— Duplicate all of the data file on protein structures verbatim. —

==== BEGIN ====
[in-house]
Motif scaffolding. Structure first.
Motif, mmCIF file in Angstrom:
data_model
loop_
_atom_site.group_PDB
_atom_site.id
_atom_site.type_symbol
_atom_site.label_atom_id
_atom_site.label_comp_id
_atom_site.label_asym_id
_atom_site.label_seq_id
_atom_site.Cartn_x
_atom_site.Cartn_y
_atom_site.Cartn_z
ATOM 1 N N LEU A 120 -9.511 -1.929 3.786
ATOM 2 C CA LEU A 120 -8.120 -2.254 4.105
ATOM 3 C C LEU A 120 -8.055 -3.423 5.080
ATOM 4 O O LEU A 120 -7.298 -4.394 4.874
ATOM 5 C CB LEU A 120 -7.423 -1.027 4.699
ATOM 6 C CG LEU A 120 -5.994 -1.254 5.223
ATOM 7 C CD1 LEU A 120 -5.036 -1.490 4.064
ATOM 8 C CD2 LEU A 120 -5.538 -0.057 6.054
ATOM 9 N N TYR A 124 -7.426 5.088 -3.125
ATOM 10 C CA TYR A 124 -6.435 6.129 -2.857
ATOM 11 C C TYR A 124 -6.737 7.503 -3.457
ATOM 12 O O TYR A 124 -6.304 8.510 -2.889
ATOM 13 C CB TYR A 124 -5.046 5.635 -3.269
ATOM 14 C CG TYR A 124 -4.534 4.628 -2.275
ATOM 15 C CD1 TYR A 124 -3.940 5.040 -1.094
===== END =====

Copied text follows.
[in-house]
Motif scaffolding. Structure first.
Motif, mmCIF file in Angstrom:
data_model
loop_
_atom_site.group_PDB
_atom_site.id
_atom_site.type_symbol
_atom_site.label_atom_id
_atom_site.label_comp_id
_atom_site.label_asym_id
_atom_site.label_seq_id
_atom_site.Cartn_x
_atom_site.Cartn_y
_atom_site.Cartn_z
ATOM 1 N N LEU A 120 -9.511 -1.929 3.786
ATOM 2 C CA LEU A 120 -8.120 -2.254 4.105
ATOM 3 C C LEU A 120 -8.055 -3.423 5.080
ATOM 4 O O LEU A 120 -7.298 -4.394 4.874
ATOM 5 C CB LEU A 120 -7.423 -1.027 4.699
ATOM 6 C CG LEU A 120 -5.994 -1.254 5.223
ATOM 7 C CD1 LEU A 120 -5.036 -1.490 4.064
ATOM 8 C CD2 LEU A 120 -5.538 -0.057 6.054
ATOM 9 N N TYR A 124 -7.426 5.088 -3.125
ATOM 10 C CA TYR A 124 -6.435 6.129 -2.857
ATOM 11 C C TYR A 124 -6.737 7.503 -3.457
ATOM 12 O O TYR A 124 -6.304 8.510 -2.889
ATOM 13 C CB TYR A 124 -5.046 5.635 -3.269
ATOM 14 C CG TYR A 124 -4.534 4.628 -2.275
ATOM 15 C CD1 TYR A 124 -3.940 5.040 -1.094